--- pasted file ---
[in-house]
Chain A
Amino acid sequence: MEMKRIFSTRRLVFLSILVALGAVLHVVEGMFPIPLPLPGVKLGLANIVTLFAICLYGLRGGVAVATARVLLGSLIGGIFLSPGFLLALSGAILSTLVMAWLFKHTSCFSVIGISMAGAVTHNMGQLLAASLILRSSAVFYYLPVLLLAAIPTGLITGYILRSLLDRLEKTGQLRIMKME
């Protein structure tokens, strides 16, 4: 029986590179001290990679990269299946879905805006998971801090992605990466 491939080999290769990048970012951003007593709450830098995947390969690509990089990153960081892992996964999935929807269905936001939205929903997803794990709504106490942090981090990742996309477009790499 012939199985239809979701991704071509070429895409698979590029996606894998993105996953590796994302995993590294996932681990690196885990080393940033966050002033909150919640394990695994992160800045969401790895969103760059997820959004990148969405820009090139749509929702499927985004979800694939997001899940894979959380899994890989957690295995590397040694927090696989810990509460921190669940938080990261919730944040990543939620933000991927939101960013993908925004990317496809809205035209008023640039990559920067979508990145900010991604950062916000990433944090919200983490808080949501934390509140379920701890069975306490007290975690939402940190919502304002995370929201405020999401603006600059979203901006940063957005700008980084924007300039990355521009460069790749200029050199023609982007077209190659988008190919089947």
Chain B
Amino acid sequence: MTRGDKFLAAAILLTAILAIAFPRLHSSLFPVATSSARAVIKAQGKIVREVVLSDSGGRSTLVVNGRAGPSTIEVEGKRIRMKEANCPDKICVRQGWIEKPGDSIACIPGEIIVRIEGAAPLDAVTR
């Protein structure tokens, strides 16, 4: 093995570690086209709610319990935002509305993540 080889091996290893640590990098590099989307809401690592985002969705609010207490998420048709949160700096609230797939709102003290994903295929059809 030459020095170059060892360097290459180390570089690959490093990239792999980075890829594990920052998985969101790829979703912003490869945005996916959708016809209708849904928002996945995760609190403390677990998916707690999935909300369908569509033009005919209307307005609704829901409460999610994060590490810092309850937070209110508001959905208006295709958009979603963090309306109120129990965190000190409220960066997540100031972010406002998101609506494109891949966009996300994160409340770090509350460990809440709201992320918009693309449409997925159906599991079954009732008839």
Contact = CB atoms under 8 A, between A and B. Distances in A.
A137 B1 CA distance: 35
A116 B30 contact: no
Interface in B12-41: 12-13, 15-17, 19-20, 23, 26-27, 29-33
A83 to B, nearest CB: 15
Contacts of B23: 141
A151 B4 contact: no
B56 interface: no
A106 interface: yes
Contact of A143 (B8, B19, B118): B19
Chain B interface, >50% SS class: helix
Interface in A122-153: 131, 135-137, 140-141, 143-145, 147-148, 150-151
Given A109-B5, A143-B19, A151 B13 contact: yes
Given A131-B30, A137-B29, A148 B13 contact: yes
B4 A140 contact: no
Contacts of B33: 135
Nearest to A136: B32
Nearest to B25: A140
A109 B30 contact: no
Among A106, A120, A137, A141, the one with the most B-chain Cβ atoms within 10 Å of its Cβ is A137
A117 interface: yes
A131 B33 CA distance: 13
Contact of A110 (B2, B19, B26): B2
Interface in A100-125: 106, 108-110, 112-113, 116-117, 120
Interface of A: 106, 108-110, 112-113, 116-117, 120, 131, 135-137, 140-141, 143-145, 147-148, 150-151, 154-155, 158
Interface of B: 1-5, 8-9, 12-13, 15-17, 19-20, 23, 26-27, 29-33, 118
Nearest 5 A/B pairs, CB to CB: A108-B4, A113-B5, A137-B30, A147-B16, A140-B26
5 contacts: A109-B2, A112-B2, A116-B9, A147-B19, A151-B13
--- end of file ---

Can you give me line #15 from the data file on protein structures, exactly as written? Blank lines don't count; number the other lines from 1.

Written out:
B56 interface: no